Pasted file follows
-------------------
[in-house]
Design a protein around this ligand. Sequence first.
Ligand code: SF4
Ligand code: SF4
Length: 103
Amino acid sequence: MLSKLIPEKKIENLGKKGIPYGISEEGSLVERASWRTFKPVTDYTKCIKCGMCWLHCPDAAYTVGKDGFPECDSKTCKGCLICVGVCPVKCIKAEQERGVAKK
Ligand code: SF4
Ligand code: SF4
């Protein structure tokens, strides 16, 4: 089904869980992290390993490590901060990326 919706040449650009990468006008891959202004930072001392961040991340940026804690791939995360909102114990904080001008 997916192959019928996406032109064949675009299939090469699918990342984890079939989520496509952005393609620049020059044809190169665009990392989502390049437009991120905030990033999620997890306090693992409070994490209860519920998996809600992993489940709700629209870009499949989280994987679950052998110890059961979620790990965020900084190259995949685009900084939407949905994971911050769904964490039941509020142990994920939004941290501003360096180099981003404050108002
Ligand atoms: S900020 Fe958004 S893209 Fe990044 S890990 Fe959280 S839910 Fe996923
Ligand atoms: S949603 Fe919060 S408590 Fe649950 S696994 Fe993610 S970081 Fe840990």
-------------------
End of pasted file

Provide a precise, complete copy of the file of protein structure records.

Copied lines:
[in-house]
Design a protein around this ligand. Sequence first.
Ligand code: SF4
Ligand code: SF4
Length: 103
Amino acid sequence: MLSKLIPEKKIENLGKKGIPYGISEEGSLVERASWRTFKPVTDYTKCIKCGMCWLHCPDAAYTVGKDGFPECDSKTCKGCLICVGVCPVKCIKAEQERGVAKK
Ligand code: SF4
Ligand code: SF4
């Protein structure tokens, strides 16, 4: 089904869980992290390993490590901060990326 919706040449650009990468006008891959202004930072001392961040991340940026804690791939995360909102114990904080001008 997916192959019928996406032109064949675009299939090469699918990342984890079939989520496509952005393609620049020059044809190169665009990392989502390049437009991120905030990033999620997890306090693992409070994490209860519920998996809600992993489940709700629209870009499949989280994987679950052998110890059961979620790990965020900084190259995949685009900084939407949905994971911050769904964490039941509020142990994920939004941290501003360096180099981003404050108002
Ligand atoms: S900020 Fe958004 S893209 Fe990044 S890990 Fe959280 S839910 Fe996923
Ligand atoms: S949603 Fe919060 S408590 Fe649950 S696994 Fe993610 S970081 Fe840990």